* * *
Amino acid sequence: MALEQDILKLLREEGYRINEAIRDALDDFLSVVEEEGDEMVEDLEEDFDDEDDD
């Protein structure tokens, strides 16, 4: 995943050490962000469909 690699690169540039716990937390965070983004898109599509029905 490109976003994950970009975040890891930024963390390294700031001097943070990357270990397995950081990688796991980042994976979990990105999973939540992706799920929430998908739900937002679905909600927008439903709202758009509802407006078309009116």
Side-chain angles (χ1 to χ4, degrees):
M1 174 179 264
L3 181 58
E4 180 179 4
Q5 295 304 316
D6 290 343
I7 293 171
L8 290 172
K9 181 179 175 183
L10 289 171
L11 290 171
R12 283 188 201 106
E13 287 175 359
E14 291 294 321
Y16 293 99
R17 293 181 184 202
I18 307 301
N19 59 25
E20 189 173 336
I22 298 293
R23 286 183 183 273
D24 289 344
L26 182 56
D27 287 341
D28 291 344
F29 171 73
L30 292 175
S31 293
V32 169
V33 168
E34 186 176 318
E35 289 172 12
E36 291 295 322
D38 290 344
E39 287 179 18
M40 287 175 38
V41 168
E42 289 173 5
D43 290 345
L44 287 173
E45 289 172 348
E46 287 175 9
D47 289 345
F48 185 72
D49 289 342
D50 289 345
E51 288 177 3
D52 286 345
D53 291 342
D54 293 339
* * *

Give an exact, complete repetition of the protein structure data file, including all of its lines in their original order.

Amino acid sequence: MALEQDILKLLREEGYRINEAIRDALDDFLSVVEEEGDEMVEDLEEDFDDEDDD
């Protein structure tokens, strides 16, 4: 995943050490962000469909 690699690169540039716990937390965070983004898109599509029905 490109976003994950970009975040890891930024963390390294700031001097943070990357270990397995950081990688796991980042994976979990990105999973939540992706799920929430998908739900937002679905909600927008439903709202758009509802407006078309009116």
Side-chain angles (χ1 to χ4, degrees):
M1 174 179 264
L3 181 58
E4 180 179 4
Q5 295 304 316
D6 290 343
I7 293 171
L8 290 172
K9 181 179 175 183
L10 289 171
L11 290 171
R12 283 188 201 106
E13 287 175 359
E14 291 294 321
Y16 293 99
R17 293 181 184 202
I18 307 301
N19 59 25
E20 189 173 336
I22 298 293
R23 286 183 183 273
D24 289 344
L26 182 56
D27 287 341
D28 291 344
F29 171 73
L30 292 175
S31 293
V32 169
V33 168
E34 186 176 318
E35 289 172 12
E36 291 295 322
D38 290 344
E39 287 179 18
M40 287 175 38
V41 168
E42 289 173 5
D43 290 345
L44 287 173
E45 289 172 348
E46 287 175 9
D47 289 345
F48 185 72
D49 289 342
D50 289 345
E51 288 177 3
D52 286 345
D53 291 342
D54 293 339